Russell Brand

Russell Brand (image from The observer)

The debate about the future of the UK drugs laws, what to do about addiction and so on is a really important debate. Unfortunately it’s being undermined by celerity status in the form of Russell Brand.

Russell Brand has been a problem drug user, having developed addiction problems with Opiates and Alcohol which, to his credit, he has managed to beat. However, this experience, his willingness to talk about it and his media notoriety has resulted in him being elevated almost to the position of an expert. He has appeared in online debates, TV programmes and has even been invited to the ongoing Home Affairs Select Committee investigation into drugs policy. So much so in fact his voice is being heard far more often than experts with years of experience in addiction. In doing so he is doing much to undermine the established way of dealing with addiction and as he does this, promotes the campaign by rabid anti drug campaigners to whom abstinence is the only option.

Russell Brand is an evangelist for the 12 step programme of addiction recovery, pioneered by Alcoholics anonymous and later taken up by the offshoot Narcotics anonymous.  Some people who go through the 12 step process successfully – the success rate is not good – are evangelical about the programme. One reason for this is the nature of the whole thing, which is why it’s a controversial programme. The 12 steps are (narcotics Anonymous):

  1. We admitted that we were powerless over our addiction, that our lives had become unmanageable.
  2. We came to believe that a Power greater than ourselves could restore us to sanity.
  3. We made a decision to turn our will and our lives over to the care of God as we understood Him.
  4. We made a searching and fearless moral inventory of ourselves.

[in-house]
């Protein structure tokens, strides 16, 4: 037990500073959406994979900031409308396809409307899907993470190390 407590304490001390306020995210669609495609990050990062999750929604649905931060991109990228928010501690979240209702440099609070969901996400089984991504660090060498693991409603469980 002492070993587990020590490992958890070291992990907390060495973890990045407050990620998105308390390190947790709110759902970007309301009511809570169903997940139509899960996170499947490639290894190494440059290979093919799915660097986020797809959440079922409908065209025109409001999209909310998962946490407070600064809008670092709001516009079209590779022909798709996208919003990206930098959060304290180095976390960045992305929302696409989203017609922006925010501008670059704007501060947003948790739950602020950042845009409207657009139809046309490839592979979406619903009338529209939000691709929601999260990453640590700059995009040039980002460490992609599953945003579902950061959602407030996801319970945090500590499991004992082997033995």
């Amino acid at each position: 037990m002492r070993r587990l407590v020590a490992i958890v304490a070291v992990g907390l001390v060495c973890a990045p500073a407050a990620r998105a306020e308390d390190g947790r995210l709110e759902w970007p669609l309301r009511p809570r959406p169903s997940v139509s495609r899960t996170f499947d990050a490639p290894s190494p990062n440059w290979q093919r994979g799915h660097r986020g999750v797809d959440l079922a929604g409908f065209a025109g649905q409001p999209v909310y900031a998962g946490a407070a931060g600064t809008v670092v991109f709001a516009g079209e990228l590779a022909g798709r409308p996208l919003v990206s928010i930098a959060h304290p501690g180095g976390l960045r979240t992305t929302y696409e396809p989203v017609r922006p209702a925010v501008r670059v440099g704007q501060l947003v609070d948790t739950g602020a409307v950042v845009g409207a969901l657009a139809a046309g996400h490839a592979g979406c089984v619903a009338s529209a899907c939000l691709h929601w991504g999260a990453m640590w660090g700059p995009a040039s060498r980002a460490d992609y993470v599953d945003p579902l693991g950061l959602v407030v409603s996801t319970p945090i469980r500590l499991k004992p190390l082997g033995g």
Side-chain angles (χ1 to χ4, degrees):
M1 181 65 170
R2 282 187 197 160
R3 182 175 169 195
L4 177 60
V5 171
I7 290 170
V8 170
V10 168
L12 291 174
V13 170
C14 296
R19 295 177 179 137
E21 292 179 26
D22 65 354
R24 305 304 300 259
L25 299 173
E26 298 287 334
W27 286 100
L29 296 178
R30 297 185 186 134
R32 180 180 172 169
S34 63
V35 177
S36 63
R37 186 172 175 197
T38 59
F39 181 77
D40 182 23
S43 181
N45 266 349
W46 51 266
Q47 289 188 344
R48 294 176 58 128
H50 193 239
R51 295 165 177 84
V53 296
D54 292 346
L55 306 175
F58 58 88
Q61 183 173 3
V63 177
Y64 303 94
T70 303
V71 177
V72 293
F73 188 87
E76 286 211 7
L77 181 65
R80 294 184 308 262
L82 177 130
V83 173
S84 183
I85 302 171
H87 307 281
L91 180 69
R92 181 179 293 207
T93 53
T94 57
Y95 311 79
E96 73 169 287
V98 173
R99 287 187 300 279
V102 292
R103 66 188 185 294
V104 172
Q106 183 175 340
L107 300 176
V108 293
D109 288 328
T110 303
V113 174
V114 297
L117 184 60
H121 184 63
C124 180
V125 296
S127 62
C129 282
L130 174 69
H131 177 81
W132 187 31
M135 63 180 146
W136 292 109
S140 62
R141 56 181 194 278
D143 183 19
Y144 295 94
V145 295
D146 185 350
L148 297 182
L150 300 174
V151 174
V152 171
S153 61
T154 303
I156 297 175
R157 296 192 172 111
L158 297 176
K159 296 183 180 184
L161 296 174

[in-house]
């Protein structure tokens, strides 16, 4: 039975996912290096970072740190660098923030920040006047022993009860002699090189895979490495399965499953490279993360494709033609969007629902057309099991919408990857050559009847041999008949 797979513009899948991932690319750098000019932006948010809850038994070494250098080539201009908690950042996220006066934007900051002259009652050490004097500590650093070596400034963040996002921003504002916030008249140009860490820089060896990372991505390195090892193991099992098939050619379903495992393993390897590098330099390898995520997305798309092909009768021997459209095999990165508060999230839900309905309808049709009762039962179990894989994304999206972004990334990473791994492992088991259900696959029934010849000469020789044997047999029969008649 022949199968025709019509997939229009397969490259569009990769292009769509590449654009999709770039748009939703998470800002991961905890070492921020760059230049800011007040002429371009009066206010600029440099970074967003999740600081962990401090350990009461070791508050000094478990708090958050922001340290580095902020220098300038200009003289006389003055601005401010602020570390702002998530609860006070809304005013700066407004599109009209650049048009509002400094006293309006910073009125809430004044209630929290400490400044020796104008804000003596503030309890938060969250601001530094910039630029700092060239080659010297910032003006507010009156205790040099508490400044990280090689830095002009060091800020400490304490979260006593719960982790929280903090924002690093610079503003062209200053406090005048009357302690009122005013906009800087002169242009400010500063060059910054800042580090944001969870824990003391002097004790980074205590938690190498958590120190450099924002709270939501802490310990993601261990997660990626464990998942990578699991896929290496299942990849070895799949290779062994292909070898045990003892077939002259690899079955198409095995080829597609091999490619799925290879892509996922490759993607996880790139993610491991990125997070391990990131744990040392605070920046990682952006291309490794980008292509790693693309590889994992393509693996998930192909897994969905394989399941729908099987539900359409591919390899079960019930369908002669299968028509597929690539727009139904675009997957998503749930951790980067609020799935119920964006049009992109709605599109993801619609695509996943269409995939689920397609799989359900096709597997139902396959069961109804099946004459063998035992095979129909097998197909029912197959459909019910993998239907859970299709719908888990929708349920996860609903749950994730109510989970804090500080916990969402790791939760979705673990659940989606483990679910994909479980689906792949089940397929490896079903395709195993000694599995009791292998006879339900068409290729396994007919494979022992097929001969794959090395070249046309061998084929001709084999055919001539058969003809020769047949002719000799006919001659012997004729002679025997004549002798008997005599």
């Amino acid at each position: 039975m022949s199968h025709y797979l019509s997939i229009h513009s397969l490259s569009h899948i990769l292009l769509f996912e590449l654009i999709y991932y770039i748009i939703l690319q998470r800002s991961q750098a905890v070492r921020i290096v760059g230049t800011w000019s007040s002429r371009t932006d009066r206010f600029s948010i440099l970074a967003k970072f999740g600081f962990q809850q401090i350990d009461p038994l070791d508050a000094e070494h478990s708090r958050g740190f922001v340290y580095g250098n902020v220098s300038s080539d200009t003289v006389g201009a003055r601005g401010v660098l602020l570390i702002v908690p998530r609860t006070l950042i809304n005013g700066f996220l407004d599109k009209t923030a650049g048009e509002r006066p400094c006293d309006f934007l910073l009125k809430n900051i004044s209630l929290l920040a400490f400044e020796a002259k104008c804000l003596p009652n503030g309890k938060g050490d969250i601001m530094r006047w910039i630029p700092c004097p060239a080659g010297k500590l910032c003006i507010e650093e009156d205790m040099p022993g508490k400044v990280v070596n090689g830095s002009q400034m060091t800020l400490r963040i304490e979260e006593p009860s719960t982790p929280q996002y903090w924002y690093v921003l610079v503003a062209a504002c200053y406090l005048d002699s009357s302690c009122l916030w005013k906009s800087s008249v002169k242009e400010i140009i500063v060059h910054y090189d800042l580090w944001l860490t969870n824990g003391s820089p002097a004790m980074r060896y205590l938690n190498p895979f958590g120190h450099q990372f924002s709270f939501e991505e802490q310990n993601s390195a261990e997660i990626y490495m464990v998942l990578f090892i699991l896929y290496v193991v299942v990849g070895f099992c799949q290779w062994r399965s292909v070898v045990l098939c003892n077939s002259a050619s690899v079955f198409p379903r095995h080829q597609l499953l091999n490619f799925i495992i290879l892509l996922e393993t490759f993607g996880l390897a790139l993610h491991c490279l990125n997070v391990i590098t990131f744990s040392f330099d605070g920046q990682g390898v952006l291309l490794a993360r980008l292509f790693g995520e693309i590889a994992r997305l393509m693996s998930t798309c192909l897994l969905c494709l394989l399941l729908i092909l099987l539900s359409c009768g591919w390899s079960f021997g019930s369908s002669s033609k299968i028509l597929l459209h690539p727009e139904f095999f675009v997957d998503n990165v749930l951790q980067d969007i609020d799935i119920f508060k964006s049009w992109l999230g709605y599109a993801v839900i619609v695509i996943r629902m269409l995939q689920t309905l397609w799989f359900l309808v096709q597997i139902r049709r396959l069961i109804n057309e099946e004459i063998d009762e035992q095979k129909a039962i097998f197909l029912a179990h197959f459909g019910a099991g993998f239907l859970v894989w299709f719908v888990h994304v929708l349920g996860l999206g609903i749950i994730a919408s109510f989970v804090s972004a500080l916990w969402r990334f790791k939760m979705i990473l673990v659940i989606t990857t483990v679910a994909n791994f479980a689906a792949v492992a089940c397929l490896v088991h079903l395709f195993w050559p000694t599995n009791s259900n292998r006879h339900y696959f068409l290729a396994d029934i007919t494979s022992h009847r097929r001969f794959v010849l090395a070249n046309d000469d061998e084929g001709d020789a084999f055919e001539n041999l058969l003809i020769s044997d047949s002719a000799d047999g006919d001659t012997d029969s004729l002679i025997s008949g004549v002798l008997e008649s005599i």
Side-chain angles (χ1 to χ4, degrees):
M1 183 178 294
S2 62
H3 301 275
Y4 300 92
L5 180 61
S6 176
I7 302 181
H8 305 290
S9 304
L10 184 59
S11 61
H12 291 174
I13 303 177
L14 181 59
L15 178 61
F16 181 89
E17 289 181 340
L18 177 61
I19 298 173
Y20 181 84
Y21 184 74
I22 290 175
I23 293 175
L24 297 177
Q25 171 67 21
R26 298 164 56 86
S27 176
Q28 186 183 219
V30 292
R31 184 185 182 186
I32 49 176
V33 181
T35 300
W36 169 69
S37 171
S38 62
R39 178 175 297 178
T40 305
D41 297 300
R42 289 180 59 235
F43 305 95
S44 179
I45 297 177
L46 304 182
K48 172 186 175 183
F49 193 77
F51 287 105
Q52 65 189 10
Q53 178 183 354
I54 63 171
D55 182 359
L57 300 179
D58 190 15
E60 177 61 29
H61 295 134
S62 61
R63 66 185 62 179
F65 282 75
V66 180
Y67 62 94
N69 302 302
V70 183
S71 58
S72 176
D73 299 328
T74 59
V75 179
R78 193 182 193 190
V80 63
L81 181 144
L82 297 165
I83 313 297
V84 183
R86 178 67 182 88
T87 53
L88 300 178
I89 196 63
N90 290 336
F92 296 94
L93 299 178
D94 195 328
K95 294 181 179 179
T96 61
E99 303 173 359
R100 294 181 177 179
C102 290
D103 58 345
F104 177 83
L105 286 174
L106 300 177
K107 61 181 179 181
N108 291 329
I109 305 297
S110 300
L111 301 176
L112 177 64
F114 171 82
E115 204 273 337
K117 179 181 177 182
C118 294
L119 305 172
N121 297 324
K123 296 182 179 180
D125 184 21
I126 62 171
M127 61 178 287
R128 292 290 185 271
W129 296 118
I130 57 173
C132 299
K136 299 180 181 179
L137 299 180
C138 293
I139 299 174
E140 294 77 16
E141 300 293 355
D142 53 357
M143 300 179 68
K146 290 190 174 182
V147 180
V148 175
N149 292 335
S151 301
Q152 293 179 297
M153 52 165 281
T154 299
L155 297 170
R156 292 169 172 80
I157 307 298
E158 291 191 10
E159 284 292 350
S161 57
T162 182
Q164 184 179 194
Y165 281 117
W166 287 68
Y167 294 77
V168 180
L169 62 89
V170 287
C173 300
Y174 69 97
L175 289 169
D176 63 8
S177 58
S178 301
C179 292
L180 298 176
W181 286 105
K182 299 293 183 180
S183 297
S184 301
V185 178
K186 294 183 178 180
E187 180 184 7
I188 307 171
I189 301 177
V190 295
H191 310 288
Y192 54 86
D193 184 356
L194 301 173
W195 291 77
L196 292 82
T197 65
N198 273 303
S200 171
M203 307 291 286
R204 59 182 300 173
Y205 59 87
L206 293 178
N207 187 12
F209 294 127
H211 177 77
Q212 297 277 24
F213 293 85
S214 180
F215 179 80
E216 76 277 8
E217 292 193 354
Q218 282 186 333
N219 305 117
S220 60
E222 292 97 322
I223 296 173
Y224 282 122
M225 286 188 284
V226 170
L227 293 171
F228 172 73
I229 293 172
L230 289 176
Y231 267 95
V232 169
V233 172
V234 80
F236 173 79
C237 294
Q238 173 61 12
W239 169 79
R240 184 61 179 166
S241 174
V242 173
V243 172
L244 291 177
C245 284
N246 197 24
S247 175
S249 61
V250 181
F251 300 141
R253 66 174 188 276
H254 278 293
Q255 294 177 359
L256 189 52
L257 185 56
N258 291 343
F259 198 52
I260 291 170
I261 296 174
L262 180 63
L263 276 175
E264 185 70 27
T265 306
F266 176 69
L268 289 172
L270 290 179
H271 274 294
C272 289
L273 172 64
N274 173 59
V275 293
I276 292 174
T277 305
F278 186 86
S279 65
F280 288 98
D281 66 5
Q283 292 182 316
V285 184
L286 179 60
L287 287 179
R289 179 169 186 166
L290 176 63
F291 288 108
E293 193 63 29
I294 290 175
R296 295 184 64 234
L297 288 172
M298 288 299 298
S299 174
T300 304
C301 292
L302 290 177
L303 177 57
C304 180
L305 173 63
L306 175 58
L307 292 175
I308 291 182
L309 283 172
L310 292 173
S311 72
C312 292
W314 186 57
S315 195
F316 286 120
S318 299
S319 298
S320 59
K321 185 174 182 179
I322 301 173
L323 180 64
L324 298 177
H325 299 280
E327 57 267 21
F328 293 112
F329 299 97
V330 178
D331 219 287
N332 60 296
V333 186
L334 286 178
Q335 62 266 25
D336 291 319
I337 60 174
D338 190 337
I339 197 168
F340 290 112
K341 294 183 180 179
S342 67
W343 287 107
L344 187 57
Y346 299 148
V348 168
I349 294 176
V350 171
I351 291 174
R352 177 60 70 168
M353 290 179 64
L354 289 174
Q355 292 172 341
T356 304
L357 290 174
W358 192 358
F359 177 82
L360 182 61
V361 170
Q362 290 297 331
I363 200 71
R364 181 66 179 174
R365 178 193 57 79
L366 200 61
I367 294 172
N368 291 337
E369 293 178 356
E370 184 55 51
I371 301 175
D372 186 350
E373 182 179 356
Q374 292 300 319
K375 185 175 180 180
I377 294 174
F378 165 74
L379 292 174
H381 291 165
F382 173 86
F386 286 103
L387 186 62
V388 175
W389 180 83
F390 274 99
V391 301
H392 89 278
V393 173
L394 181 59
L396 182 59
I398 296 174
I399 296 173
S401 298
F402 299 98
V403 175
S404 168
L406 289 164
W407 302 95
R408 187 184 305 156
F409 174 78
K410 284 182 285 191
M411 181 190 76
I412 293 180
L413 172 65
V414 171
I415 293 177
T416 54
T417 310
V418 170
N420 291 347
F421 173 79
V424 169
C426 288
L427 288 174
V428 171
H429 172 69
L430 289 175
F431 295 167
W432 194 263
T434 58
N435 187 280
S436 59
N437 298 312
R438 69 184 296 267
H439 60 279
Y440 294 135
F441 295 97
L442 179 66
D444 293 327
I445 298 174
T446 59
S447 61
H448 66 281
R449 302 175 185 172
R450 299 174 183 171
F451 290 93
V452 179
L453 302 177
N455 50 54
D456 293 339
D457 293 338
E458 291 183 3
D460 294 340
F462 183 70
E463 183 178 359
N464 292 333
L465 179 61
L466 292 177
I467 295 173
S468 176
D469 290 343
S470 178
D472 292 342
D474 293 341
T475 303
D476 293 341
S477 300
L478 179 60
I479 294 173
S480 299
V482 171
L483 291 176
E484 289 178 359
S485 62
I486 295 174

5. We admitted to God, to ourselves, and to another human being the exact nature of our wrongs.
  6. We were entirely ready to have God remove all these defects of character.
  7. We humbly asked Him to remove our shortcomings.
  8. We made a list of all persons we had harmed, and became willing to make amends to them all.
  9. We made direct amends to such people wherever possible, except when to do so would injure them or others.
  10. We continued to take personal inventory, and when we were wrong promptly admitted it.
  11. We sought through prayer and meditation to improve our conscious contact with God as we understood Him, praying only for knowledge of His will for us and the power to carry that out.
  12. Having had a spiritual awakening as a result of these steps, we tried to carry this message to addicts, and to practice these principles in all our affairs.

What this means in practice is admitting to yourself and those around you that you are an addict and that you seek the help of others to overcome the addiction. It is good as far as it goes but it’s pretty obvious why this programme is controversial, it’s very faith-based and requires a surrender of your personality to a “higher being”. It’s probably because of this quasi-religious approach and a deep instilling of an acceptance of personal failure that those who come through it successfully feel the need to preach about it to others and this is what we’re seeing with Russell Brand.

He seems to assume that because it worked for him then it should work for everyone, it doesn’t.